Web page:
Tourists in the mid-Atlantic region stayed closer to home this summer, and Prince William County hotels reaped the benefit, as their revenue increased 5 to 6 percent in July and August, according to a recent convention and visitors bureau survey.
Rising gas prices spurred residents from D.C.-area cities such as Baltimore and Richmond to seek closer attractions for family getaways, the survey said.
The Prince William County/Manassas Convention and Visitors Bureau has been pushing Potomac Mills, the county's daily-fee golf courses, and Manassas National Battlefield Park and other Civil War sites to lure tourists. The agency advertised in the magazines Better Homes & Gardens, Country Living and Ladies' Home Journal, but the pain at the pump has done the most to increase tourism, said Tabatha Mullins, executive director of the bureau.
"It has a lot to do with gas prices," she told the Board of County Supervisors last week.
The 5 to 6 percent increase equated to about $1.5 million, Mullins said in an interview.
Most tourists came from Virginia, Pennsylvania, New York, New Jersey, North Carolina, Florida and Texas, she said, and particularly from the cities of Pittsburgh, Raleigh, Charlotte, Chicago, Philadelphia and Baltimore.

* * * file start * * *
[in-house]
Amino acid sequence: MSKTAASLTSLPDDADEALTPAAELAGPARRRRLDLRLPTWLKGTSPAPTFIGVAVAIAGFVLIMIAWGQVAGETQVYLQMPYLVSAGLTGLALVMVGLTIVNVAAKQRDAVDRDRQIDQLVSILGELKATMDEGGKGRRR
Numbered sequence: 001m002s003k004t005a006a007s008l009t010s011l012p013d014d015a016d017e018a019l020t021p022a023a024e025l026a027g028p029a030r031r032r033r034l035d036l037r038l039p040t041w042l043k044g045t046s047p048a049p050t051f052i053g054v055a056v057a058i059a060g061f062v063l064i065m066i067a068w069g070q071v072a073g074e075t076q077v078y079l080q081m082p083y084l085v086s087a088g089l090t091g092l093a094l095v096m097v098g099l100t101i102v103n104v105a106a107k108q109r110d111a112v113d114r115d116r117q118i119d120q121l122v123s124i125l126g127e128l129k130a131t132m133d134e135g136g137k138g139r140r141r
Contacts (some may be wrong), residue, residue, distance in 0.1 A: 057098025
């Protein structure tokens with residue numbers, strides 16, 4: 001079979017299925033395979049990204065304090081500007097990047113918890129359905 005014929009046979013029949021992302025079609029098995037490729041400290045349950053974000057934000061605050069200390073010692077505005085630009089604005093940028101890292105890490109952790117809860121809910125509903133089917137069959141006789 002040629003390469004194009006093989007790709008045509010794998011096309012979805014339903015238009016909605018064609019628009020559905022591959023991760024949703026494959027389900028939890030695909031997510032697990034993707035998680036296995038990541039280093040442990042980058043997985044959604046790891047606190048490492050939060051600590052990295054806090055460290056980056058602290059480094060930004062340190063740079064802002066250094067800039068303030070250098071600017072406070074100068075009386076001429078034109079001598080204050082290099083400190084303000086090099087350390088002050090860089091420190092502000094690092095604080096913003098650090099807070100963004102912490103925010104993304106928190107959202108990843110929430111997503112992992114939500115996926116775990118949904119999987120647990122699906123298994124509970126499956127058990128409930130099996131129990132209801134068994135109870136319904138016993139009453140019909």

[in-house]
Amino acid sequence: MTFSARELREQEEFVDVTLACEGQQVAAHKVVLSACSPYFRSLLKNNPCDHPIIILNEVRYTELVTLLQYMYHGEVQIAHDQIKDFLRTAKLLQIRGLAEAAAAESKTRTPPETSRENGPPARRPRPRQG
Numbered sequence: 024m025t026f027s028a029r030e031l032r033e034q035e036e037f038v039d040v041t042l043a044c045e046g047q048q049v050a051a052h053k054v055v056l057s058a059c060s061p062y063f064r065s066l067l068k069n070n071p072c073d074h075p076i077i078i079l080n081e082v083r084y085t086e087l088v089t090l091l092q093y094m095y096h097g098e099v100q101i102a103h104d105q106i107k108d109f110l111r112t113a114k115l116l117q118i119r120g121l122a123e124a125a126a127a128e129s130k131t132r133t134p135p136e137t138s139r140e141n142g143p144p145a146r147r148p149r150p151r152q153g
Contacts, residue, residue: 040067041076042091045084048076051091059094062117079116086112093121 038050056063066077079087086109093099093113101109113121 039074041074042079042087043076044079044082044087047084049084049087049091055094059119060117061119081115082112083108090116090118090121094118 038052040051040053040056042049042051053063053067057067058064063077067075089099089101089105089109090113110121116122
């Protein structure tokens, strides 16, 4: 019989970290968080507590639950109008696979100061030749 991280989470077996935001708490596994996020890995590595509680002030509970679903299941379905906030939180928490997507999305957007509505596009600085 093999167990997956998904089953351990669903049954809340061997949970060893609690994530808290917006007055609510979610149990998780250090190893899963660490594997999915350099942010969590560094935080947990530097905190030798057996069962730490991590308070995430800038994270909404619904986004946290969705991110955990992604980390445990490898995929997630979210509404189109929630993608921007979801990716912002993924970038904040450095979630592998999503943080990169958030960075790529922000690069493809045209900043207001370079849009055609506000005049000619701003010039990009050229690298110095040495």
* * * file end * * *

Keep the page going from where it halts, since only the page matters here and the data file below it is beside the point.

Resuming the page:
Besides Potomac Mills, which is by far the county's biggest draw, with 30 million visitors annually, tourists sought out Civil War sites as part of tours featuring the region's history, Mullins said in the interview. "Prince William County would be a part of a Civil War excursion," she said.
Final numbers are not yet available, but hotel revenues from September -- when the county hosted the elite Presidents Cup golf tournament -- are likely to be even higher than those in July and August, Mullins told supervisors. On the bureau's Web site, the subjects with the most hits were the Presidents Cup, Presidents Cup parking and the Robert Trent Jones Golf Club, where the tournament took place, she said.
Although hotel revenues are up, they are not as high as in surrounding counties, since the federal General Services Administration does not classify Prince William County as part of metropolitan Washington. Without that designation, government workers receive just $76 per diem for hotel rooms in Prince William while receiving $166 per diem in Fairfax, Mullins said, causing many to stay in hotels outside of the county.
Prince William County and Manassas have 3,100 rooms in 35 hotels, with the highest daily rate being $149.
Supervisor Hilda M. Barg (D-Woodbridge) and other supervisors said the county should push for a higher rate through the federal agency. "We're continually thought of as Northern Virginia," Barg said.